3.4. The Six Basic Wildfire Safety Hazards Copy

Jeff Co

1) Fire Entrapment

A life threatening situation where fireline personnel are threatened by a sudden change in fireline conditions and are unable to use escape routes to access safety zones.

Wildfire Entrapment Avoidance
  • Never fight fire in any situation where safety is compromised.
  • Be situationally aware at all times.
  • LACES in place at ALL TIMES.
  • Be aware of hazardous fuels.
    Fine/dead or diseased/unburned fuel between fire and FF.
  • Be aware of hazardous WX.
    Changes in winds, erratic, variable, increasing, prolonged drought, convective storms, approaching WX fronts.
  • Be aware of hazardous topography.
    Steep slopes, south aspect, gullies, canyons, chimneys
Wildfire Evacuation Procedure
  • RETREAT
    Follow Crew Leaders directions. Take hand tools with you unless ordered to drop them. Walk along Escape Route to Safety Zone.
  • REGROUP
    Assemble at Safety Zone.
  • REASSESS
    Analyze situation and decide whether re-engaging the fire at the same or another location, if safe to do so.
Wildfire Entrapment Survival

ATTEMPT TO BREACH FLAME FRONT AND GET INTO “THE BLACK”

  • Find an area of the fire edge where there are lighter fuels, thin flame front.
  • Cover as much skin as possible, (collar up, sleeves down, gloves).
  • Take a deep breath and breach, move through flame front into burn.
  • AVOID BREATHING HOT GASSES/ SMOKE
  • Keep moving back from flame front.

IF YOU CANNOT BREACH FLAME FRONT FIND SHELTER IN A SURVIVAL ZONE.

  • Find a fuel-free depression or trench, (preferably behind a rock as well).
  • Opposite side of a ridge may be an option. Watch for spot fires! Benches or road grades, lying on the cut slope side may be an option.
  • Helispots, fire control lines, stump holes, (from uprooted trees).
  • Lie flat on the ground, parallel to flame front Curl arms and hands around head and ears.
  • Wet clothing, if possible.
  • Dig a hole for your face and breathing.
  • Cover yourself with clothing and/or soil.
  • Take shallow breaths at ground level. STAY LOW. Remain on ground until fire passes.
  • PROTECTING YOUR AIRWAY IS YOUR ONLY CHANCE
  • Raising above ground, even a few inches, could be fatal, DO NOT MOVE

2) Dangerous Trees

A dangerous tree is any tree that due to it’s location, lean, deterioration of limbs, stem or root system or recent physical damage, poses a hazard to personnel or infrastructure.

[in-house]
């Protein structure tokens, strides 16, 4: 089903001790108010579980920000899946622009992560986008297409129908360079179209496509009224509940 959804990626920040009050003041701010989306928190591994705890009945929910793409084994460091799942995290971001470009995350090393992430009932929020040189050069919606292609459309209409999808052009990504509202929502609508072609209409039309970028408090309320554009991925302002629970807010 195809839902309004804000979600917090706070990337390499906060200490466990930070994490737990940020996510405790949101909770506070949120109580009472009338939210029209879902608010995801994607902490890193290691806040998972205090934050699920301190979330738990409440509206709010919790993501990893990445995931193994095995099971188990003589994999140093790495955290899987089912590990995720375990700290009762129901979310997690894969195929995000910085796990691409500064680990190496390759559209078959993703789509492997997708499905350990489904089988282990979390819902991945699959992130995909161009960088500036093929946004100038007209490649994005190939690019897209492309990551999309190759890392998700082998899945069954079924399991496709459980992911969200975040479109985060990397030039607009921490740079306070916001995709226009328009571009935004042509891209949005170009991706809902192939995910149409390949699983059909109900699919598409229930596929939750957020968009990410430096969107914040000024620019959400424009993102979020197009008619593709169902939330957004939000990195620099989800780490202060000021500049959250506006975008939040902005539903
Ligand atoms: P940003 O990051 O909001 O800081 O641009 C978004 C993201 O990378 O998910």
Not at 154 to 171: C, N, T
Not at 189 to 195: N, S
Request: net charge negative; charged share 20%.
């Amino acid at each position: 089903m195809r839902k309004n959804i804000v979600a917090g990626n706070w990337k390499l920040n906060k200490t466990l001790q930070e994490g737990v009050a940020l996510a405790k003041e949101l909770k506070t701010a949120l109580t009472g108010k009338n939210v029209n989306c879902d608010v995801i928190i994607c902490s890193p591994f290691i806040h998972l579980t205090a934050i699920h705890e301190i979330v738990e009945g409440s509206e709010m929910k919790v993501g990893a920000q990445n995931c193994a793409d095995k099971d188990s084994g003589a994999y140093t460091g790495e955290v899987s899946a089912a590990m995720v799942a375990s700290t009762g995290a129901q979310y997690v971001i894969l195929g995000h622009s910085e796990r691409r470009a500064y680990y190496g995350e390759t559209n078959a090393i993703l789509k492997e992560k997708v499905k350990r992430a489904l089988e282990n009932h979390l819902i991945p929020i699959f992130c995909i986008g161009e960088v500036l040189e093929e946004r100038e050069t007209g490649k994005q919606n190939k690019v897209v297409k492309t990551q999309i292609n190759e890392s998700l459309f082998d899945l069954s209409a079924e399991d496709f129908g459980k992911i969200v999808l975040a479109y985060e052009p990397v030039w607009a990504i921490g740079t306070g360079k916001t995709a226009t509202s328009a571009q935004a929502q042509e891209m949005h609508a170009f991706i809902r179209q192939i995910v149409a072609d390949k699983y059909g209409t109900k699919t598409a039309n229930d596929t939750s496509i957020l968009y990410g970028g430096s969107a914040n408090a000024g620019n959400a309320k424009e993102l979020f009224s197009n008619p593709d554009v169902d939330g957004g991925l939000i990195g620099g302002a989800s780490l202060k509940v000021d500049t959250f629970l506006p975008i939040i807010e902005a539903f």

All areas where wildland firefighters are working are assessed by certified Danger Tree Assessors, (DTA).

DTA’s are imbedded with all wildland fire crews.

Trees are assessed:

  • During initial size-up.
  • Where BUI is above thresholds, (root burn).
  • After 72 hours, (if fire still active in area).
  • If work was halted and re-commenced.
  • Change in work activity, (Level of Disturbance).

Once assessed as a dangerous tree a decision is made by the DTA to:

  • Fall dangerous tree.
  • Remove hazardous portion of dangerous tree.
  • Install a “No Work Zone”, around dangerous tree.

3) Rocks and Rolling Debris

  • Steeper the slope the greater the hazard.
  • Burning action can loosen rocks or logs.
  • Personnel moving up or down slope.
  • Heavy equipment.
  • Take care when moving up or down steep and loose slopes.
  • Warn crew, if you loosen something or if you spot rolling hazard, (call “ROCK!”)
  • Never work directly below heavy equipment.

4) Aircraft and Heavy Equipment

  • Hazards from the equipment
  • Hazards from the activity of the equipment.

5) Unsafe Personal Behaviour

  • Working while fatigued.
  • Being over-confident.
  • Rushing, working too fast.
  • Panicking.
  • Not following directions, (of Crew Leader).
  • Not understanding directions.
  • Not Communicating clearly.

6) Wildland Urban Interface Hazards

  • Inadequate vehicle access.
    Narrow/steep driveways, no turn-around, inadequate bridges.
  • Overhead powerlines.
    Electric shock hazard, low-flying aircraft hazard.
  • Fuel tanks in and around structures. Propane, fuel oil etc.
  • Hydrogen sulphide gas.
    Oil and gas infrastructure, (wellsites, pipelines, storage tanks).
  • Unknown fuel types.
    Stored in structures, (gasoline, aerosols, paint, ammunition)
  • Hazardous materials. Fertilizers, pesticides, plastics, asbestos